2016-06-30
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In this excerpt from his new book Godtalk: Travels in Spiritual America, author Brad Gooch describes his interactions with Trappist brothers at their monastery at Gethsemani.

Brother Lavrans Nielsen was tall, fair, balding and large boned, with a goatee-style moustache and beard, an intense, blue-eyed gaze, and spare, big hands. Born in Brooklyn of Scandinavian background and baptized as Donald Anthony, he'd entered the community in 1957, at age twenty. A self-taught artist, his haunting icons, executed in Greek and Russian styles, now dot the walls of the new guest rooms in small reproductions, so any visitor's memory of Gethsemani is colored by Lavrans's art.

During his time at the monastery he made grand liturgical banners in felt that hung over the abbey altar on feast days; linoleum block prints for community Christmas and Easter cards; woodcuts, engraving, and calligraphy for the new English liturgy texts; and abstract oil paintings in light colors, often multilayered and three-dimensional. In 1970, he exhibited his paintings at the J.B Speed Museum, and in 1975, at the Swearingen-Byck Gallery, both in Louisville. In 1976 Brother Lavrans left the monastery and moved to Atlanta, where he continued to paint in the abstract expressionist style. He died of AIDS in 1991, at age forty.

In a homily entitled "Remembering Lavrans," delivered on August 30, 1991, Father Matthew Kelty recalled Lavrans as following [Thomas] Merton's lead in folding art, contemplation, and a hermit's solitude into the Cistercian vocation: "His assignment one season was to operate the vacuum machine that drew the air from plastic sacks of quartered cheese rounds and sealed them. It was, of course, a monotonous routine that would drive a man like Lavrans into a high state of exasperation.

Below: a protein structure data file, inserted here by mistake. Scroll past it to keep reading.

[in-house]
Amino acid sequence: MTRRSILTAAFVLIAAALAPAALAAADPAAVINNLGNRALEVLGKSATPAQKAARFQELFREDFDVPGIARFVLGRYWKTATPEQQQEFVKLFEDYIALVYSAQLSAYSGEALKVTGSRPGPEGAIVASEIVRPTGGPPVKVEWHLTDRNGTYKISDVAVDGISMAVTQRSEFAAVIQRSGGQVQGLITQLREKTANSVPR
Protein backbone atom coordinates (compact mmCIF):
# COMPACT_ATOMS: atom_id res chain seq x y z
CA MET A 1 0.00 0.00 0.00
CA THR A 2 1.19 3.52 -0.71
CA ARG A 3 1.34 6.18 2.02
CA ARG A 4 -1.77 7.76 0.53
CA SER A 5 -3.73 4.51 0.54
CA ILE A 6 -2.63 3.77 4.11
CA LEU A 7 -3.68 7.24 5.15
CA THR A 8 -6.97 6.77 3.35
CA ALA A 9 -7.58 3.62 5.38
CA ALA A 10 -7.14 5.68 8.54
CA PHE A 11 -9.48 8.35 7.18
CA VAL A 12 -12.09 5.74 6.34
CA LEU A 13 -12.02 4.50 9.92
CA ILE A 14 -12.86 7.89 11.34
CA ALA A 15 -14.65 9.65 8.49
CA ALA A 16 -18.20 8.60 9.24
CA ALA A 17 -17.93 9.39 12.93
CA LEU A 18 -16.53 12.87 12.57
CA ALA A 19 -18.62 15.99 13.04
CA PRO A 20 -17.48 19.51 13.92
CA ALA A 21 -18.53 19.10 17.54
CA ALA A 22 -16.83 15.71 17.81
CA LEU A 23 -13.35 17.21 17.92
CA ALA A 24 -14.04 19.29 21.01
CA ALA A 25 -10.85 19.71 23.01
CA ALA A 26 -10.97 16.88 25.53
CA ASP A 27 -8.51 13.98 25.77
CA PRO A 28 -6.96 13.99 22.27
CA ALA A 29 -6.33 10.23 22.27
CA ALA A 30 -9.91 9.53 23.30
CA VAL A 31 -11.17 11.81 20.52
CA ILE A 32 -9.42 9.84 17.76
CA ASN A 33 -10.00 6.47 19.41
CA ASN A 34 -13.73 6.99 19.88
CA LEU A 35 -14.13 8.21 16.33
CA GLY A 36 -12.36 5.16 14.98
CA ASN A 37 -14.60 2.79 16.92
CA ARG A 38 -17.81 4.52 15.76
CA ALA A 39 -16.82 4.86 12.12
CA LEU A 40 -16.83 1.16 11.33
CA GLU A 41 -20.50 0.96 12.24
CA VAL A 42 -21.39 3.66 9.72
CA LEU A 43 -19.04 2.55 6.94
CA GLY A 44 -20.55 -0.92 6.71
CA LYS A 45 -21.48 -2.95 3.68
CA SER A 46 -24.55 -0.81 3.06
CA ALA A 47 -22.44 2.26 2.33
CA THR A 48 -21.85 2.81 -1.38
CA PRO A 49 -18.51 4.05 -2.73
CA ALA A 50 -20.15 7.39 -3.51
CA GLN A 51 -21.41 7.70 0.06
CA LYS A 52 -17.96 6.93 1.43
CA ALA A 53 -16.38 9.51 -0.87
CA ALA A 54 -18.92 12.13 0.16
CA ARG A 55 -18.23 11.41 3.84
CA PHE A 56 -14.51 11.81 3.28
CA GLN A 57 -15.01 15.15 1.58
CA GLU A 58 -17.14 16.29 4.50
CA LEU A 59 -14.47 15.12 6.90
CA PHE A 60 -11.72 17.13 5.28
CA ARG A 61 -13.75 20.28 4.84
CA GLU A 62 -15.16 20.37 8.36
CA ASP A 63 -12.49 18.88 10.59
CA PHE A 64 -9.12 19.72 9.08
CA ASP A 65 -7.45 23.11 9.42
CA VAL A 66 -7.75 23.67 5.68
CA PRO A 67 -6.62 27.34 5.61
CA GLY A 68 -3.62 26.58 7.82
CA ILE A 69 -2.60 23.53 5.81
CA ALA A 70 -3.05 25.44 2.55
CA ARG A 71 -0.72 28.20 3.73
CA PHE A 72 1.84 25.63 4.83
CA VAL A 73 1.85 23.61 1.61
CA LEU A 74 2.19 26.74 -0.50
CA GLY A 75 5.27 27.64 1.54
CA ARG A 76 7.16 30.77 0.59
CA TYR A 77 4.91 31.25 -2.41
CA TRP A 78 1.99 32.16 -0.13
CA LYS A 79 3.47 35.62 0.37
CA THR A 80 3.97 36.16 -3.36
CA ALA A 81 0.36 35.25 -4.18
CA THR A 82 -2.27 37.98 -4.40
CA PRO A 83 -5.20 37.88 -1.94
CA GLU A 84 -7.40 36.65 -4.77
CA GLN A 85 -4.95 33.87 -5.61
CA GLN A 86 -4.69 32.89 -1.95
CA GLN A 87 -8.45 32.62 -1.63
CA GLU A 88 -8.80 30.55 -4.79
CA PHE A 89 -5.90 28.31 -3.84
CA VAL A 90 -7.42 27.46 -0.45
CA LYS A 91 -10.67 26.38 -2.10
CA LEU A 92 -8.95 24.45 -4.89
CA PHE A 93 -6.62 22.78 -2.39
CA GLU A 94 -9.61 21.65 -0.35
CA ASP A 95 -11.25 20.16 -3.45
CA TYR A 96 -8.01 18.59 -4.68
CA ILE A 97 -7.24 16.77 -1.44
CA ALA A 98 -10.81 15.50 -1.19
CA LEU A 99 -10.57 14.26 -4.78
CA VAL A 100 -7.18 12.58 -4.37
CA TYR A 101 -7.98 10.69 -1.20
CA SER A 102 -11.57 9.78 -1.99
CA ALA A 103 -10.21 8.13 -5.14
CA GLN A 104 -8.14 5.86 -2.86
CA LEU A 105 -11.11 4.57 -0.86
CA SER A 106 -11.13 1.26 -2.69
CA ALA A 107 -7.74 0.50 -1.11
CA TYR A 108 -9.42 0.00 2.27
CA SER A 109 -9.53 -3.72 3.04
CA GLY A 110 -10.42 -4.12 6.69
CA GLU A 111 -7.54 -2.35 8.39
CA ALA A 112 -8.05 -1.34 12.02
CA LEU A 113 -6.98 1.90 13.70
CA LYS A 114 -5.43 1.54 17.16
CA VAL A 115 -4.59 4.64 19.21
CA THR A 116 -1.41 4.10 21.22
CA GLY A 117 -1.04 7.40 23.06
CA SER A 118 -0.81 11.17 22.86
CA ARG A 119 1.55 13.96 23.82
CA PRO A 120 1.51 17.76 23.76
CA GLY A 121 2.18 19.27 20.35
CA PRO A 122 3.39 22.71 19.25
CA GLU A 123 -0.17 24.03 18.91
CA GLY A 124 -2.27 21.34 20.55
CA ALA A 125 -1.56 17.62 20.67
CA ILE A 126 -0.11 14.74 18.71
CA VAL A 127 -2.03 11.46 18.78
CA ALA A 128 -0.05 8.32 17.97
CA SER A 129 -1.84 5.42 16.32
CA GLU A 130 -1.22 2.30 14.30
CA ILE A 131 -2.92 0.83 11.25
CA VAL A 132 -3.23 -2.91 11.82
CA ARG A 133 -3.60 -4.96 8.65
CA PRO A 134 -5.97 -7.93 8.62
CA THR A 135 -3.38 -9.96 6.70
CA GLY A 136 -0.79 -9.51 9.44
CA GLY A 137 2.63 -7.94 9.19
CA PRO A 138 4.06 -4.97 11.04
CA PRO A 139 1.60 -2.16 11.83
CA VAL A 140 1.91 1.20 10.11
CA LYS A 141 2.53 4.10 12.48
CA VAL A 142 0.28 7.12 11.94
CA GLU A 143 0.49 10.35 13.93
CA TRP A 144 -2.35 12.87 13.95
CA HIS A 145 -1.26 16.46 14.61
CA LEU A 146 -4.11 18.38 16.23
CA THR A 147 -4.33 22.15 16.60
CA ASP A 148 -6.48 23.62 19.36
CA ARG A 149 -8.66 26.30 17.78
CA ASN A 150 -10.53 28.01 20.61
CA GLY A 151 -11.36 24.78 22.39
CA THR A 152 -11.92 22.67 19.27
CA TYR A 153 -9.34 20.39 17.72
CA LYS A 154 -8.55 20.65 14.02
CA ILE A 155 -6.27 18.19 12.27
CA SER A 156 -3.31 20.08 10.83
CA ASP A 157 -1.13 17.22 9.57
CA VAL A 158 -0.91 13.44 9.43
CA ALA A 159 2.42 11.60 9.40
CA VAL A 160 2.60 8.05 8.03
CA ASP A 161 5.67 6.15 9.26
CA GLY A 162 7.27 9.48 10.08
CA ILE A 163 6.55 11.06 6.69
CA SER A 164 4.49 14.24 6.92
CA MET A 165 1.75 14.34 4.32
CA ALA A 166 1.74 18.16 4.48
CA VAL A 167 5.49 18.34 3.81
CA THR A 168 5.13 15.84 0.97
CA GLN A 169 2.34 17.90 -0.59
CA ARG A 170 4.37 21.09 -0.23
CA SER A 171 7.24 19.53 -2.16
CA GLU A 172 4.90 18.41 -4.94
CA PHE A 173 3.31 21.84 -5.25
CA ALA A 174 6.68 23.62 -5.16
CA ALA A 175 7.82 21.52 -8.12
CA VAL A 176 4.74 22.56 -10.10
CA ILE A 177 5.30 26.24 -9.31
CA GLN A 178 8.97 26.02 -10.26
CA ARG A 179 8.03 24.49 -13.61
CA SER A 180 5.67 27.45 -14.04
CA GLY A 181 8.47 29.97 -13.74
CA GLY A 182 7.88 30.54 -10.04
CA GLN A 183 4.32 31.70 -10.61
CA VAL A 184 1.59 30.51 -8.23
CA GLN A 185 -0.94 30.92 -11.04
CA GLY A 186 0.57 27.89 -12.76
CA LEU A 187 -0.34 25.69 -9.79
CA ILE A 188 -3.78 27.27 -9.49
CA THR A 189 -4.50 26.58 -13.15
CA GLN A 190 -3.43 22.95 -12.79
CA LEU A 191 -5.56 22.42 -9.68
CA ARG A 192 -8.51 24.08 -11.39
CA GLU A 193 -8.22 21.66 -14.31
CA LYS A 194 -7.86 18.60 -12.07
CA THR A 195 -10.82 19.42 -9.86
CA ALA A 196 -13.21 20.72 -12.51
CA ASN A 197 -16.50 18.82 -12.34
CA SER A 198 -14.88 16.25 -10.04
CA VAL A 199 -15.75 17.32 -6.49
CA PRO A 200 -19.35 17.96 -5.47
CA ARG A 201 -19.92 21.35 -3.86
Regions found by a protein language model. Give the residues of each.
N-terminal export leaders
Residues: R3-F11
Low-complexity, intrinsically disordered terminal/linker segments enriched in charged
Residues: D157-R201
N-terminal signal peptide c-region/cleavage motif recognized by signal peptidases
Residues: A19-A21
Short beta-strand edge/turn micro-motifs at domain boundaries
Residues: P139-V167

This went on, for the work had to be done, until he began to break out in large, ugly boils. So a halt was called, and the brother in charge made a bold move and offered a deal to Lavrans. If he would milk cows each morning-—no favorite among city monks-—and do the chores that went with it, he could have his afternoons for his art. Lavrans seized the opportunity. This was the first time any monk had been given official work time for something like art." To work on his paintings, he moved first to a gristmill with the cloister and then to his hermitage outside the cloister built for him by a friend. ...

Lavrans's career as a monk was not only emblematic of various attempts to reinvent the Benedictine life after Vatican II, but also of the challenge of monastic life to the sexual revolution, which was moving full speed ahead in the culture at large. The vow of chastity had always presented challenges as far back as those Desert Fathers tempted by hallucinations of beautiful women visiting their isolated caves. (Chastity is a virtue in the Christian tradition. There is the example of Jesus remaining unmarried and celibate Saint Paul, who, in 1 Corinthians 7:8, urges, "To the unmarried and the widows I say that it is well for them to remain single as I do.")

But the 1970s in America are remembered in part for the growth of the women's and gay liberation movements. Certainly, for any gay monks who'd chosen a life of closeted solitude during a time of repression, this option of openness might well have caused new doubts. I remembered Brother Lavrans telling me somewhat nostalgically of the Greenwich Village he'd left twenty years earlier, and I'd sensed in his telling the conflicts he was experiencing and the lure of living on the outside.

As I'd heard the story at the time, later in that year he put on a pair of Wellington boots and blue jeans and took a plane back to New York City, where he went directly to Ty's and other gay bars on Christopher Street, undoubtedly a culture shock given the dramatic changes from the far gentler, bohemian period he'd known there in 1957. Either on the plane or at a bar, he met someone from Atlanta with whom he then lived unsuccessfully for a period of time. Whatever the details, Abbot Timothy confirmed that sexual liberation played a part in Lavrans's decisions. "With Brother Lavrans that was very much involved with some of this choices," the abbot told me.

"Because we've just been through an age of sexual liberation, it's most un-American to be celibate," the Benedictine monk Remy Rougeau wrote to me shortly after the publication in the summer of 2001 of his novel, "All We Know of Heaven," about life in a Trappist monastery much like the Canadian Abbey of Notre Dame des Prairies, where he spent six years in his early twenties. "Sexual expression is the ultimate freedom. And celibacy is construed as a form of repression. One may as well live in China as join a Cistercian abbey. But, of course, popular perception isn't necessarily welded to truth. Sexual expression doesn't always liberate people. Celibacy is not inevitably repressive. In fact, if people understood how celibacy, freely chosen, is superbly liberating, we'd have no shortage of monks and nuns."